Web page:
This Islamophobic paranoia is the last thing America needs right now. Sensible, pragmatic, levelheaded leadership needs to emerge to the forefront.

Dylann Roof is a repugnant human being who killed nine African-Americans in a Charleston church in an effort to "start a race war." We refused to label his actions as "terrorist" because he was a white Christian, despite his desire to start social strife and panic.

When violent Christians kill in the name of God, how would they feel if their religion was associated with a small group of bloodthirsty extremists?

Of course, the people who lost their lives in Paris yesterday and those affected by this tragedy deserve our deepest condolences, but what about the people who live in constant violence in the Middle East? The day before the Paris attacks, two ISIS suicide bombers claimed the lives of 43 in a predominantly Shia neighborhood in Beirut. Meanwhile, ISIL was behind a suicide bombing that targeted a funeral held for a Shia fighter killed in battle against ISIL in Baghdad. These received considerably less coverage in the U.S.

Why don't we feel the same empathy for the death, fear and terror for the innocent people in these regions who witness their loved ones die on a daily basis? These people live each day uncertain of when a terrorist group will gun down or bomb their communities. We should really critically examine how this attitude affects our foreign policy and worldview.

Would we have started that war if it meant a Paris Attack in a western city every day for a decade? Does it matter that Muslims are losing their lives every day rather than white people?

Undoubtedly, ISIS is a horrific group and is a threat to Western democracy. They must be defeated, as their gruesome actions are unjustifiable.

However, we must remember that ISIS DOES NOT REPRESENT 1.6 billion Muslims across the globe.

Demonizing a segment of the global society who must deal with violence like this on a daily basis is not a way to prevent radicalization. We occupied the Middle East for 14 years and failed in eliminating radical terror groups.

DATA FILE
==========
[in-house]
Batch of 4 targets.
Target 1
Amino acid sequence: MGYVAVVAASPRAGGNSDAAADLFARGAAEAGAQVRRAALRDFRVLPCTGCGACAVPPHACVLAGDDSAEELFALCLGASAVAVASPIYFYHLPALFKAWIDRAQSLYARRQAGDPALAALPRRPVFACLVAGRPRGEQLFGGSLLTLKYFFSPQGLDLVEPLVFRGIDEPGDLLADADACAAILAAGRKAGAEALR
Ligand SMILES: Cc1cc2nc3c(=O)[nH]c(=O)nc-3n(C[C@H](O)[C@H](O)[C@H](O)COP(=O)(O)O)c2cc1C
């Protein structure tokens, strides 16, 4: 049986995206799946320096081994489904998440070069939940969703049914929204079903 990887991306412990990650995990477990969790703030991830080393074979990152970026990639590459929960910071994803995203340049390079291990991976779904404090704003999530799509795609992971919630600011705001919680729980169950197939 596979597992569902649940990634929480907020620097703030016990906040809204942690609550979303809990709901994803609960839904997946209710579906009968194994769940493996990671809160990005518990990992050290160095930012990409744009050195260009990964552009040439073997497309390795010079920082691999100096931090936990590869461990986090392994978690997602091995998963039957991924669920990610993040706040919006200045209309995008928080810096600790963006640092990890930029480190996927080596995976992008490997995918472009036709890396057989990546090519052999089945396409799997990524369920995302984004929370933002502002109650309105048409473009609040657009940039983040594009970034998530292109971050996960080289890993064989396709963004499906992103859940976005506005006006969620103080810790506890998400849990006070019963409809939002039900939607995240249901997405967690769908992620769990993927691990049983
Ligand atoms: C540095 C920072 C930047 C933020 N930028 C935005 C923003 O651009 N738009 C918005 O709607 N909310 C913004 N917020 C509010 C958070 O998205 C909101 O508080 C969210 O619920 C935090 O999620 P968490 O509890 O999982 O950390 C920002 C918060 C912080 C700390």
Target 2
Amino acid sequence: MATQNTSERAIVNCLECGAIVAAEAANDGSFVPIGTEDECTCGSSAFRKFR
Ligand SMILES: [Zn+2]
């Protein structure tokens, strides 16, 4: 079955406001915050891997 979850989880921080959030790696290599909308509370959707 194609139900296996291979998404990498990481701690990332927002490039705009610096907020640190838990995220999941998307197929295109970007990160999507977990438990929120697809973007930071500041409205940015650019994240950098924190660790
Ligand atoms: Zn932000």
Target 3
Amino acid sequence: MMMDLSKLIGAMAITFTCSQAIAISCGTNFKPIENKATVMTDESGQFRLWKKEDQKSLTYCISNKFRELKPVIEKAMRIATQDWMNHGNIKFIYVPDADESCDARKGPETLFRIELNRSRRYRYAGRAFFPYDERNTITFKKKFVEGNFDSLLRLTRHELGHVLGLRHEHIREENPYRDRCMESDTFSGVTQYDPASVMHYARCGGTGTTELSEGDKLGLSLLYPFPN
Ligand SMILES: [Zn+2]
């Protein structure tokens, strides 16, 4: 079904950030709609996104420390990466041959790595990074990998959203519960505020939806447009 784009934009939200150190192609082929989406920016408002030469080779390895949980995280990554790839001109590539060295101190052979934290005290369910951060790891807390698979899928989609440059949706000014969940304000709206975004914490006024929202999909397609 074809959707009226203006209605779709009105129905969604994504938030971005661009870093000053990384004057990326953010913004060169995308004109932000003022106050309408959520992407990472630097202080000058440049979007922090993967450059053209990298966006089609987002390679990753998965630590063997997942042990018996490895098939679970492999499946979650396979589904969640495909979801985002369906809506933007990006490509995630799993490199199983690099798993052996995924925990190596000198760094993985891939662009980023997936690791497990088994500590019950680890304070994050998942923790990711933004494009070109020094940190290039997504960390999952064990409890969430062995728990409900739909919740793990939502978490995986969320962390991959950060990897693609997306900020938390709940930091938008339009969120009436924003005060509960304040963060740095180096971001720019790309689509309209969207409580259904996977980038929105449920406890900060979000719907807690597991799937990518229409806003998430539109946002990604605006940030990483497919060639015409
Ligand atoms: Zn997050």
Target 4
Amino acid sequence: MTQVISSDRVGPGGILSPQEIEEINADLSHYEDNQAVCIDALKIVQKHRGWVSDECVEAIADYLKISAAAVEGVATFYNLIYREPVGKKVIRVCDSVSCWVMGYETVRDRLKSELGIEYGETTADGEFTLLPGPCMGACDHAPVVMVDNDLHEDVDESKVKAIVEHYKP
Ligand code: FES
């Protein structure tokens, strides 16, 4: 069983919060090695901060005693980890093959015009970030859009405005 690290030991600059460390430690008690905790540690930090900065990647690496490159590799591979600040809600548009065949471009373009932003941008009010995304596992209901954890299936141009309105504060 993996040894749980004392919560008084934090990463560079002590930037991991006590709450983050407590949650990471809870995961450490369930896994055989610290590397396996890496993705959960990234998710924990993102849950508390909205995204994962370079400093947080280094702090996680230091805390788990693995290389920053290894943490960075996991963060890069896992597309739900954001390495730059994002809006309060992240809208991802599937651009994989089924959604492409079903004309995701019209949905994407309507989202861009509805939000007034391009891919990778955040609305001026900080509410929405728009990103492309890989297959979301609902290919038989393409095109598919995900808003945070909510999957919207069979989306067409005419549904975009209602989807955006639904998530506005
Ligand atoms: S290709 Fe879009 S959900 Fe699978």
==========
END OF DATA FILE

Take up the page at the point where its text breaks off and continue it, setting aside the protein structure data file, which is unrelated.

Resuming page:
If we think that simply escalating more war, occupation and bombings is an overarching panacea to a region that has endured colonialism, religious extremism, a clash between Pan-Arabism and Pan-Islamism, and destabilizing foreign occupation, then we, as a society, are seriously misinformed.

This situation will likely necessitate military action from numerous countries, but it needs to be a part of a much larger solution.

It's times like these we can learn a lesson in compassion from To Kill a Mockingbird, when Atticus Finch states, "You never really understand a person until you consider things from his point of view ... until you climb into his skin and walk around in it."

We will hear calls to terminate our efforts to accept Syrian refugees from our more cynical politicians and peers, but this could hurt the situation more than remedy it.

The Middle East needs stability and prosperity; military intervention is only PART of the solution.

A Muslim with the promise of prosperity and a life of self-fulfillment will far less likely to become a suicide assailant than one guided by the promise of virgins in the afterlife as a better position than the current despotic circumstance they toil in.

Will military action be necessary? Perhaps... unfortunately. Is this a complex situation? Absolutely.

Our revered President Franklin D. Roosevelt once said, "We have nothing to fear but fear itself."

The road to bringing peace to the Middle East is a long and complicated one. A combination of strategic military action, diplomacy, coalitions and security treaties will help in reducing and containing terrorism in this region, not fear and racism.